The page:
A conversation with Brent Simon about the LA Film Critics Association awards ceremony


The 36th annual Los Angeles Film Critics Association awards ceremony will be held Saturday, January 15 at the InterContinental, Los Angeles. To learn more about this event we talked to Brent Simon.

A graduate of the University of North Carolina at Chapel Hill and current President of the Los Angeles Film Critics Association, Brent Simon was for five-plus years editor-in-chief and lead film critic of the now-defunct Entertainment Today. Since then, he has been a film critic for Screen International, and has written extensively on film for Los Angeles Daily News, New York Magazine’s Vulture, Magill’s Cinema Annual, CityBeat, IGN and H Magazine, among many others. He also maintains a blog at SharedDarkness.com. “Films are a portal to other worlds,” he says, “and the best of cinema can open minds. I love sharing those experiences, both as a viewer and critic.”

Bijan tehrani: Please tell us about the background of the Los Angeles Film Critics Association and how it is helping the film community.
Brent Simon: The organization was founded in 1975, and it’s comprised of professional film critics based in Los Angeles. Obviously it has changed over the years, particularly over the last 8-10 years, I’d say, as print has waned and online criticism has waxed. While we do have a couple of members who have experience with on-camera criticism, everyone is primarily a writing critic, a reviewer, and that background greatly informs the group. Over the past couple of years we have hosted numerous panels and screenings, and we also have our Films That Got Away series, whereby we are able to shine a spotlight on films that have not received a commercial exhibition in Los Angeles. As you know, there are so many great and interesting movies that often do not receive a commercial showcase. We have also drafted formal protests against censorship and other film-related issues, including the recent imprisonment of Iranian filmmaker Jafar Panahi. One of the great things about film is that it is a window into the hearts and minds of cultures from all around the world. I remember when I was a kid I of course first enjoyed films that were targeted for my culture and age group, but I was lucky to have parents that embraced travel and exploration and the beauty of film that you can go anywhere and be anybody.

Bijan: How much attention does your organization pay to international cinema?
Brent: Quite a bit. As you know, with the release of this year’s awards winners we have quite a diverse group of choices — our acting honors went to a Brit, an Australian, a Korean, and a Frenchman. I think a lot of our choices, particularly this year, were seen by some of these awards season prognosticators as being willfully outside of the box, and that we were making some statement against others of this year’s frontrunners, which could not be further from the case. We have a diverse membership. Unlike, say, the New York Film Critics Circle, which is comprised almost exclusively of staff critics, we have members who may review only mainstream studio films for one publication, but chiefly documentaries for another, and more foreign films for another. And we’ve come to notice that when you have a group that is comprised of critics who write for many different types of publications, you have a membership that is very well informed, and that allows for a more potentially interesting set of honorees.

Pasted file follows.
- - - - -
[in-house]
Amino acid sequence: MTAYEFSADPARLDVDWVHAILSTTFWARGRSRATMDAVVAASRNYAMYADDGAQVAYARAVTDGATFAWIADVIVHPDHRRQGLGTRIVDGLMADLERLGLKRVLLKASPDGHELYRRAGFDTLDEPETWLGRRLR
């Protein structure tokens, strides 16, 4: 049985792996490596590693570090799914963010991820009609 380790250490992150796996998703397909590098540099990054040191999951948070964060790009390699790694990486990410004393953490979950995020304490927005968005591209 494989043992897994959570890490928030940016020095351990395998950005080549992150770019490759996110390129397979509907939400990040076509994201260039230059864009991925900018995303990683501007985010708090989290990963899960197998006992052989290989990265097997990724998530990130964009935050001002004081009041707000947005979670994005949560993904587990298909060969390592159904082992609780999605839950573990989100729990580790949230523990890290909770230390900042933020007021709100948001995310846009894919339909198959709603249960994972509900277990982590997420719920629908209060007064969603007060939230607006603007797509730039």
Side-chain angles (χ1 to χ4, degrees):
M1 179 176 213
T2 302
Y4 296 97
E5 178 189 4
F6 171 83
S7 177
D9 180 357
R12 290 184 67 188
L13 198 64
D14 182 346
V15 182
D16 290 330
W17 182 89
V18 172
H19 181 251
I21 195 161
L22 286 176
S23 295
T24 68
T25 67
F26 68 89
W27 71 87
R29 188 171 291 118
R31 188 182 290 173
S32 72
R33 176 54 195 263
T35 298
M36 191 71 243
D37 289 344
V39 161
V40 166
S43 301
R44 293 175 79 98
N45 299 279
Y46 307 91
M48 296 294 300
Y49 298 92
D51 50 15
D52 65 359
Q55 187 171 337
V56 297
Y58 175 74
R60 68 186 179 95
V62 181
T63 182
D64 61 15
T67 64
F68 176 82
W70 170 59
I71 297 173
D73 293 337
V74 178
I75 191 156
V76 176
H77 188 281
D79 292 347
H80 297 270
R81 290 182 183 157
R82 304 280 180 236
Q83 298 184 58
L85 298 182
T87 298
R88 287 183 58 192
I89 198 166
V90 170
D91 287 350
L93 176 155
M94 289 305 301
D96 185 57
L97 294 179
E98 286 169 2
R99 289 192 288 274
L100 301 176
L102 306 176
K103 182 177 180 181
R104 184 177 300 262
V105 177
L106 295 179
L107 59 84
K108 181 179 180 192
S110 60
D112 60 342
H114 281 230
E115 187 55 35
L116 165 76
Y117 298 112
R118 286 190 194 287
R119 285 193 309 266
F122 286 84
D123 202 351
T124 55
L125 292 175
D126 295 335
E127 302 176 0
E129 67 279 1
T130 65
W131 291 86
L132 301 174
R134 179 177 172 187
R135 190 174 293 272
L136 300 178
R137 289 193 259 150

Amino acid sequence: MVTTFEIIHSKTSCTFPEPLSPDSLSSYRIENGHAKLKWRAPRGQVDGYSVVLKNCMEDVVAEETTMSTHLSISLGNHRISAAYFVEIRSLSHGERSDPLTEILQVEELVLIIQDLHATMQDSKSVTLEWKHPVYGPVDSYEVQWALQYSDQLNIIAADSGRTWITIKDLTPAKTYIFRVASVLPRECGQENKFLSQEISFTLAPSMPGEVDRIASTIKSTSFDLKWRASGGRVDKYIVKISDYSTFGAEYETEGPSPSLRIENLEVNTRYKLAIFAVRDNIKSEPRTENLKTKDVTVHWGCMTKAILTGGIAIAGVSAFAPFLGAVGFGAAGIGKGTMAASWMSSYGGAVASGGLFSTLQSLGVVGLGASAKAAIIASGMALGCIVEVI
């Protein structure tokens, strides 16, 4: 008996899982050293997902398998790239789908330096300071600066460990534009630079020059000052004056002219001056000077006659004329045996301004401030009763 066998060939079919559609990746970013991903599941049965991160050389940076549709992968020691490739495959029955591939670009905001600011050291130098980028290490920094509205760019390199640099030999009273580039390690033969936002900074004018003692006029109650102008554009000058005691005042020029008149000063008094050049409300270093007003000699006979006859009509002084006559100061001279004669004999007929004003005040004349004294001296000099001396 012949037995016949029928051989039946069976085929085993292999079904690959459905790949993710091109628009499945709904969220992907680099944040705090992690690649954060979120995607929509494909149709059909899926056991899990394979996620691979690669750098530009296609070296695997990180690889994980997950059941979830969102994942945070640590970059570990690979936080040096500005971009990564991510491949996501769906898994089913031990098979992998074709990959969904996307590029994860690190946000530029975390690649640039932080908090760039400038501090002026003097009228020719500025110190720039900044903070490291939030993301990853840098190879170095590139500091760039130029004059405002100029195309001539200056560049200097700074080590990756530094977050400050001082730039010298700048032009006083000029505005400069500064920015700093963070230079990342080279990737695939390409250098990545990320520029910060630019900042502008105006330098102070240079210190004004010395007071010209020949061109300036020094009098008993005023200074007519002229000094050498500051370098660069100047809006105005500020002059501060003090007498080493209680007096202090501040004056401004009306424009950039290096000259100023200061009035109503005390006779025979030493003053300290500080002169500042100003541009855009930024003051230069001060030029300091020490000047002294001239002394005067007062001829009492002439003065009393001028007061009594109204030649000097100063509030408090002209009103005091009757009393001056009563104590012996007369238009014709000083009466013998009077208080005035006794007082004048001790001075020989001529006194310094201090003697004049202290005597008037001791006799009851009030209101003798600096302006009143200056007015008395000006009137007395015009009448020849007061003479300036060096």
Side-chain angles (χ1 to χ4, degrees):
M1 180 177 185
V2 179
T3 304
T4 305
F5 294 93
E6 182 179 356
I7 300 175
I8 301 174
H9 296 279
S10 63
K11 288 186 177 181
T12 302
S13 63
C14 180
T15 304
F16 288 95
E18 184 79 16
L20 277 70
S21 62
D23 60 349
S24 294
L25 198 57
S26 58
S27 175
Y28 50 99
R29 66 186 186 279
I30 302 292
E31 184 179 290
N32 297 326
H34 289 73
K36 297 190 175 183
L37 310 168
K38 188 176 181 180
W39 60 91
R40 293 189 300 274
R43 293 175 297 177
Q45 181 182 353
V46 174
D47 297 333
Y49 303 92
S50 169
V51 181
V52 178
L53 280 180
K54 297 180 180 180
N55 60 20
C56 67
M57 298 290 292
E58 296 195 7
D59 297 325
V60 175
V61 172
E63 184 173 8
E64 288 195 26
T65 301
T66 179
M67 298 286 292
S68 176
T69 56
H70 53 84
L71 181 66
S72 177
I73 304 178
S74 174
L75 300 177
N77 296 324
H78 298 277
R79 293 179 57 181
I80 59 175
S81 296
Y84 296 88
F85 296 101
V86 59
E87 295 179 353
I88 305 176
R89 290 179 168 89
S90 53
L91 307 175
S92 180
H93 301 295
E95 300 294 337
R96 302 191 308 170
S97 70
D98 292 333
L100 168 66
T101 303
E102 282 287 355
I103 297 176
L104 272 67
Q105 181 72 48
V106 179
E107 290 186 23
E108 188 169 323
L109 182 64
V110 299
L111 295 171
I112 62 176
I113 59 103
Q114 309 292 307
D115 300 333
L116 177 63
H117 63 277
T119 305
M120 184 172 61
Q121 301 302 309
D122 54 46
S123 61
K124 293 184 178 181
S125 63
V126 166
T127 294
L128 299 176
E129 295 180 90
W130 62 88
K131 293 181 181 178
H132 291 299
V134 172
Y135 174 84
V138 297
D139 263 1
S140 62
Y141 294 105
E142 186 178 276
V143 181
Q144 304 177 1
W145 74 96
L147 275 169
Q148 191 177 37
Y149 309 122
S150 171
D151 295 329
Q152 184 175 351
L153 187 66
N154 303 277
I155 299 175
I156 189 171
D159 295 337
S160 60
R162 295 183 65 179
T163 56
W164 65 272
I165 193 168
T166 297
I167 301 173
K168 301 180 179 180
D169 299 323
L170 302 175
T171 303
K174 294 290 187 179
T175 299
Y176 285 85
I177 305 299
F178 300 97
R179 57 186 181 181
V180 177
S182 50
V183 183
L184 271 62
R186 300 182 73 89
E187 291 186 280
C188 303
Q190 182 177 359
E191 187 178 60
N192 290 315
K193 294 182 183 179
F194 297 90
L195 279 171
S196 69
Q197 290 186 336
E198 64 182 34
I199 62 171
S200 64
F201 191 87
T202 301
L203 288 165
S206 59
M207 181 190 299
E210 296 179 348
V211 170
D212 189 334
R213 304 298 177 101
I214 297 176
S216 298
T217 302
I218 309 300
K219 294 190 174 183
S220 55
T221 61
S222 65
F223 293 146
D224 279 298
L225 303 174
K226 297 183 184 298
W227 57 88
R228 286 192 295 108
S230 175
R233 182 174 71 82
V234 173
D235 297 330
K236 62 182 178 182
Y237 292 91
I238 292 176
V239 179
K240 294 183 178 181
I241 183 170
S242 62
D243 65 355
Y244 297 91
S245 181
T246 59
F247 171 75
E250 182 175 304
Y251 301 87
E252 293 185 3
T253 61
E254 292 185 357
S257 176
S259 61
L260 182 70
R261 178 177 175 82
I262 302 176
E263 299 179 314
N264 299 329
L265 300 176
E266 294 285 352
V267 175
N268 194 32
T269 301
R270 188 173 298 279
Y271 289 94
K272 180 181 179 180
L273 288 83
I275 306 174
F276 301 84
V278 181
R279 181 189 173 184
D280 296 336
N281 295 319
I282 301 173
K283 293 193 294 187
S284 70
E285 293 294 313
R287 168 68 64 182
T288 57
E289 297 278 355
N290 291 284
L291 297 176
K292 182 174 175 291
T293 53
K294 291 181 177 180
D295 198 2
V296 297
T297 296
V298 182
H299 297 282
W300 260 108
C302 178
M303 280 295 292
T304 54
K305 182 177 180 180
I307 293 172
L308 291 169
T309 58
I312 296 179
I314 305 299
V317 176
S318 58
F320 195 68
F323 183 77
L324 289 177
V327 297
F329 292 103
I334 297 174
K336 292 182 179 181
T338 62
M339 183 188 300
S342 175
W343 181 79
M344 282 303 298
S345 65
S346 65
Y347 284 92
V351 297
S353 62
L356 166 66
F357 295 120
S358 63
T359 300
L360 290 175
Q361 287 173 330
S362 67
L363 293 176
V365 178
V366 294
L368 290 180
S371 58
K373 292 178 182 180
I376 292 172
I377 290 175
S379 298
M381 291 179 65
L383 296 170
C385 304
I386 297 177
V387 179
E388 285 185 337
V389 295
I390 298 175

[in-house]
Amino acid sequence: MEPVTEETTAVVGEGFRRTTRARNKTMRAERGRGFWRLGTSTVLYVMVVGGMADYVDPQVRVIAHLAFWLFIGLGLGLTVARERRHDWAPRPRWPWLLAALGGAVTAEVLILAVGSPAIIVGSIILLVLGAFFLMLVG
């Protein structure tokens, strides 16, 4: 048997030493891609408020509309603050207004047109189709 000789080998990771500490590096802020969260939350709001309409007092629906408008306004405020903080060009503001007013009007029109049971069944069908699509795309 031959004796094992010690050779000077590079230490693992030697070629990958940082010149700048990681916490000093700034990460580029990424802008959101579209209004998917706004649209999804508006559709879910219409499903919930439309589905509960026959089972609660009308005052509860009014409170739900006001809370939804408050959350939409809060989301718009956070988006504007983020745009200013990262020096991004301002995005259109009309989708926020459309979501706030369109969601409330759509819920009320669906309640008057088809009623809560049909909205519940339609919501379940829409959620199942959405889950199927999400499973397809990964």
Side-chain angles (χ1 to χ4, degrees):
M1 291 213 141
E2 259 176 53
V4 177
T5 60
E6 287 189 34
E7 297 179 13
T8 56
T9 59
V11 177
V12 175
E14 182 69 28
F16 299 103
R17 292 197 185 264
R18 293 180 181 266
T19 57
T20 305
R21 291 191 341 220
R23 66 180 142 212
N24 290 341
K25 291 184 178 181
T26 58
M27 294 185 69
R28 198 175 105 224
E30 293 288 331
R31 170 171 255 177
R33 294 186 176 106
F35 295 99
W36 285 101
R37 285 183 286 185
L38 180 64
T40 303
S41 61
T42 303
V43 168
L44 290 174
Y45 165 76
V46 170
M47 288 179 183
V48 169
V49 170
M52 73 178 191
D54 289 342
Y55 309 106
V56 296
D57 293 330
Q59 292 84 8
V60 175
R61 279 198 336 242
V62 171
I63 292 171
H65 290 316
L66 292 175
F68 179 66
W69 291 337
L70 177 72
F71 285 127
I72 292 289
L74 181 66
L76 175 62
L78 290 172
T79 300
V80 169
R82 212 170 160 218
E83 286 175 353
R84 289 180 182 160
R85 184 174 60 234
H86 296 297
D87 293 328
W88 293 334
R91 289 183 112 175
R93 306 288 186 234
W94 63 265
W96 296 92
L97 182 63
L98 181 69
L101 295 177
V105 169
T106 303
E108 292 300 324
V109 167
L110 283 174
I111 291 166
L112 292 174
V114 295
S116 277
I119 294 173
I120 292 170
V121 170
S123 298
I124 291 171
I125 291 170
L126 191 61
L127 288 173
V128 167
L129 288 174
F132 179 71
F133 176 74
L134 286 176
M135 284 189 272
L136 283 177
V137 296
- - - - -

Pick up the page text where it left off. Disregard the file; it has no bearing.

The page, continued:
Bijan: Can you tell us a little bit more about the event that will be happening on the 15th?
Brent: Yes, we have the awards dinner every year and this year we have another nice event planned. Each year we have a Career Achievement honoree, and this year it is Paul Mazursky, who is a true American original. Mazursky wrote or co-wrote almost all of his films as a director, and always maintained his own voice while working within the American studio system. I think one of the things that separates our event from other awards season events is that unlike the telecast events we don’t announce a slate of nominees, we just announce our winners and runners-up. So in being able to just host and celebrate our honorees and all of their work, it makes for a very relaxed and laidback event, where people can come in relaxed and just speak their minds.

Bijan: I know that the film Carlos has won numerous awards. What do you think about that film?
Brent: Well I love it, I think it is a real achievement. And it’s kind of ironic and interesting: Mr. Assayas was honored with the Best Foreign-Language Film award last year for his movie Summer Hours, but he could not make it due to the fact that he was trying to wrap up postproduction on Carlos. But we are really excited to have him back this year. And I feel that Carlos is a true cinematic achievement; the fascinating thing for me is the bird’s eye view that the film gives of how some government states want to manipulate and maximize politics through fear, but how diplomacy can slowly bleed that. I think that the film teaches a lesson that we can probably serve to relearn in this day and age. I found Edgar Ramirez’s performance staggering, and it is a really engrossing movie experience for sure.

Sponsors of the the 36th annual Los Angeles Film Critics Association awards ceremony include : Korean Air, The Wilshire Plaza Hotel, Amnesty International, the Canadian Consulate, the French Consulate, the French Film and TV office in L.A, Air Tahiti Nui and ELMA.


About Author

Bijan Tehrani

Bijan Tehrani a film director, film critic and writer, works as editor in chief of Cinema Without Borders while teaching Language of Film and Film History at workshops nationwide. Bijan has won several awards in international film festivals and book fairs for his short films and children's books.

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